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Ohio County sued after morgue attendant pleads guilty to gross abuse of a corpse

Kenneth Douglas was a morgue attendant in Hamilton County, Ohio from 176 to 1992. During that time, he admitted to having had sex with up to 100 corpses.
Kenneth Douglas was a morgue attendant in Hamilton County, Ohio from 176 to 1992. During that time, he admitted to having had sex with up to 100 corpses.
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Last Friday, the 6th U.S. Circuit Court of Appeals ruled that a suit filed against Hamilton County, Ohio would be allowed to continue. The case focuses on morgue attendant Kenneth Douglas, who was accused in 2008 of inappropriate behavior with regard to the residents of the county's morgue. The suit, which was filed in 2012 by the families of two of Douglas' victims, Charlene Appling and April Hicks, alleges that the county was not only aware of Douglas' off-kilter predilections, but that morgue and county officials did nothing to prevent it.

Kenneth Douglas hasn't been an employee of Hamilton County since 1992, but he's still feeling the repercussions of his time as a morgue attendant working the night shift from 1976 to 1992. In his own words, he spent most of his time on the job abusing alcohol or getting high on crack. Apparently the combination renders corpses simply irresistible, because Douglas minced no words when he told reporters, "I would just get on top of them and pull my pants down."

According to officials working for the county, this behavior went completely unnoticed until Douglas' semen was tied to one of his victims, 19-year-old Karen Range, 17 years after he'd committed the crime. That little mistake earned him 3 years in prison for the gross abuse of a corpse. Incidentally, we're assuming the word "gross" refers here to its classical definition, "unattractively large or bloated," which applies to the extreme degree of abuse, not the fact that the corpses were bloated or that necrophilia is just plain revolting. On second thought, "gross" just might apply in all instances in this case. In 2012, Douglas was convicted a second time, for the mishandling of Charlene Appling and April Hicks' corpses.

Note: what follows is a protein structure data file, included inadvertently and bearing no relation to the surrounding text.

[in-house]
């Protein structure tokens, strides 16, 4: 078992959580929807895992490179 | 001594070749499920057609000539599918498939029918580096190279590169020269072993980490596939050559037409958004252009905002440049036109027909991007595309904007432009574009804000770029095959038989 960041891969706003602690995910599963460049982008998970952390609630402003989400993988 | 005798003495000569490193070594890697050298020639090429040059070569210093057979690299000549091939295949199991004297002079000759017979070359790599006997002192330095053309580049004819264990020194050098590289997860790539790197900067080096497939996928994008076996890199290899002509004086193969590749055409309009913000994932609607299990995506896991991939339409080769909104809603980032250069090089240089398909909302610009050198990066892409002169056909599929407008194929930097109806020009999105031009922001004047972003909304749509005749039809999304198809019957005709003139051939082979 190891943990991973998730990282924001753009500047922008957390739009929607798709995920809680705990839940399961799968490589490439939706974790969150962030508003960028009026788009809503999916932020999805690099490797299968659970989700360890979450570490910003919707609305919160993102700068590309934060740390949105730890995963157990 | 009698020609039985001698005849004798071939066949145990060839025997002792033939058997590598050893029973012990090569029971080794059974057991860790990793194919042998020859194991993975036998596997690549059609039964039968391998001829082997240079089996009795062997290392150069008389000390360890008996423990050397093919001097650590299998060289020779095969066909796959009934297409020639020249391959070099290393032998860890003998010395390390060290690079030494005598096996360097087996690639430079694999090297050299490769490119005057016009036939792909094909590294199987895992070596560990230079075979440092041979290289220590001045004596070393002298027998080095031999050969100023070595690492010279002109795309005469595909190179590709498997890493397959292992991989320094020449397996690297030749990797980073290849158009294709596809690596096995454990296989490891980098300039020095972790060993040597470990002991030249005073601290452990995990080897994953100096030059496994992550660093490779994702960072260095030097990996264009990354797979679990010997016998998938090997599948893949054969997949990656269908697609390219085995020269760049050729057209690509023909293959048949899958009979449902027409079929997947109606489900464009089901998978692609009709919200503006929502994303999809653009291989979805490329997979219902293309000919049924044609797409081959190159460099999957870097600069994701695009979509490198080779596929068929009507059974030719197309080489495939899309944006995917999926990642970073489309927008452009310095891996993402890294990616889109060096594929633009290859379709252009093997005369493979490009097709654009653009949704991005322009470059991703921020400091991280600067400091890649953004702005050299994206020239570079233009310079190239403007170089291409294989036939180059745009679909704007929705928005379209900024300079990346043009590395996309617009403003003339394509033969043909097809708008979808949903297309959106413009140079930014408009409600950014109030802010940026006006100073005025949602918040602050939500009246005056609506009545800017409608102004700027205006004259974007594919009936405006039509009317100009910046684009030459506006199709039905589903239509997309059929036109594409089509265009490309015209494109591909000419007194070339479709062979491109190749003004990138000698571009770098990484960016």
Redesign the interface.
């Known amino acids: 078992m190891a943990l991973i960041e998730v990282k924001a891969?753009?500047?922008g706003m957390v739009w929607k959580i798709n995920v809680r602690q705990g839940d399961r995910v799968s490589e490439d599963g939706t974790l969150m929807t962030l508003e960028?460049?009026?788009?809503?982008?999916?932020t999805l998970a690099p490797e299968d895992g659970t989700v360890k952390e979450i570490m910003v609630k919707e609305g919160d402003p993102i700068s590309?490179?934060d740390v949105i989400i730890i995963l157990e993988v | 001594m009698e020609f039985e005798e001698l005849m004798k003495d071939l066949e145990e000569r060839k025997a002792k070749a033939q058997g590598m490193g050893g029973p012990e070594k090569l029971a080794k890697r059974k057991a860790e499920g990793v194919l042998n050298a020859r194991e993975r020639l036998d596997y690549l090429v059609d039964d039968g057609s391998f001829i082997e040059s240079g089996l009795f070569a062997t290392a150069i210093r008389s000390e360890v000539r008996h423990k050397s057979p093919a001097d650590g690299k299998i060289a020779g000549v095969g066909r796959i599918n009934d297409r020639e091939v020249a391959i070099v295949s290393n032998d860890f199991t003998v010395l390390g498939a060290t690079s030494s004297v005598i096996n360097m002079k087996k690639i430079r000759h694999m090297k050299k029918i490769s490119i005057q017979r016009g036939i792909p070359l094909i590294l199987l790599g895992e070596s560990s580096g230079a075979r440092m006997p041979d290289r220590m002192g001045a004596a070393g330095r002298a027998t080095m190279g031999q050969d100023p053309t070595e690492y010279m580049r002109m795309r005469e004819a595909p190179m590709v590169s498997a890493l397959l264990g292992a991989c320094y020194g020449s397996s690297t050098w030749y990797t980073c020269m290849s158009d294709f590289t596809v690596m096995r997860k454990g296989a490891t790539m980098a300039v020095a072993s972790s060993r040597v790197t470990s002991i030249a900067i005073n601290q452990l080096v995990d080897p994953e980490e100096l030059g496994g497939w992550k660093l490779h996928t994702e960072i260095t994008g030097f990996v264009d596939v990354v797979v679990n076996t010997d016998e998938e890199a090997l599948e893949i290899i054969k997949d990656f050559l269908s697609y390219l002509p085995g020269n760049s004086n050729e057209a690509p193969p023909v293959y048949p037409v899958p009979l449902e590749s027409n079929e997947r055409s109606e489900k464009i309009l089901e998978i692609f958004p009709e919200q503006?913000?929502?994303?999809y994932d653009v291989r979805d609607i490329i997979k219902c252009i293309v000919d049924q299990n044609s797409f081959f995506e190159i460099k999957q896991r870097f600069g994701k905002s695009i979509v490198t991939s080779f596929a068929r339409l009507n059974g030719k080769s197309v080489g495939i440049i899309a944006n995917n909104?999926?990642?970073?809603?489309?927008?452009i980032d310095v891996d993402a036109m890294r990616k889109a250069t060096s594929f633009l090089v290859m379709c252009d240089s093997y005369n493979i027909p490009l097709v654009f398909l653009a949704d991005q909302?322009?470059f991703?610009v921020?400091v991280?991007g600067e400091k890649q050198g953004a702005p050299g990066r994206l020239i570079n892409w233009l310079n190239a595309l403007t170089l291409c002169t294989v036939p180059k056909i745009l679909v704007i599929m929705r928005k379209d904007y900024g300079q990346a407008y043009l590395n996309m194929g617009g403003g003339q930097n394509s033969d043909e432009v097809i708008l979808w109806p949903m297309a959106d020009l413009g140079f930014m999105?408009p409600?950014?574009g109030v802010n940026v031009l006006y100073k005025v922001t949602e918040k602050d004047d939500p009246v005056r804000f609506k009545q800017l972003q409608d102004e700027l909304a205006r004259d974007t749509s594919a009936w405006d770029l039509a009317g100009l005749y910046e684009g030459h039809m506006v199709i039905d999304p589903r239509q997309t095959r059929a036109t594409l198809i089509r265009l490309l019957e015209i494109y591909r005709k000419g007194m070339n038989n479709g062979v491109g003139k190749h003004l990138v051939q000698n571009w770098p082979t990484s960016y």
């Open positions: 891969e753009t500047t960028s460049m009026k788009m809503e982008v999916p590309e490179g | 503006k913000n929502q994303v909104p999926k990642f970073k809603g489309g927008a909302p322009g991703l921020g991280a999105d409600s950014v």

Perhaps what's most disturbing about the case is the violence with which each of these women met their end. Karen Range was nearly decapitated by a door-to-door salesman in 1982, April Hicks died at the age of 24 from blunt force trauma suffered when she fell out of a third story window, and 23-year-old Charlene Appling was 6 months pregnant when she was strangled to death. Not to suggest there's such a thing as a particularly attractive corpse, but these were not bodies left in optimal condition, which speaks to the level of Douglas' insanity. For his part, he seems to attribute his behavior to addiction to drugs and alcohol. "If I hadn't had anything to drink when I went to work, it wouldn't happen," Douglas told reporters. "I would do crack and go in and drink and go in."

While he's only admitted to three crimes in court, a deposition once found Douglas claiming that he'd disturbed up to 100 bodies during his 16-year stint in the morgue. The lawyers for the families filing suit against Hamilton County claim that the county should be held liable for Douglas' perversion. The county, on the other hand, says they can't be held accountable for the misdeeds of one inebriated employee because they had no clue it was going on. Guess they should have asked his wife, because she claimed to know exactly what was going on and she couldn't wait to turn Douglas in.

In a deposition, Douglas' wife claimed that she could smell the sex and booze on her husband when she picked him up from work. She claims to have called the coroner to explain her suspicions, but that officials in Hamilton County told her, "Whatever happens on county time and on county property is county business."

The decision from the 6th U.S. Circuit Court of Appeals will push the case forward. It's uncertain exactly how much they're expecting from the county.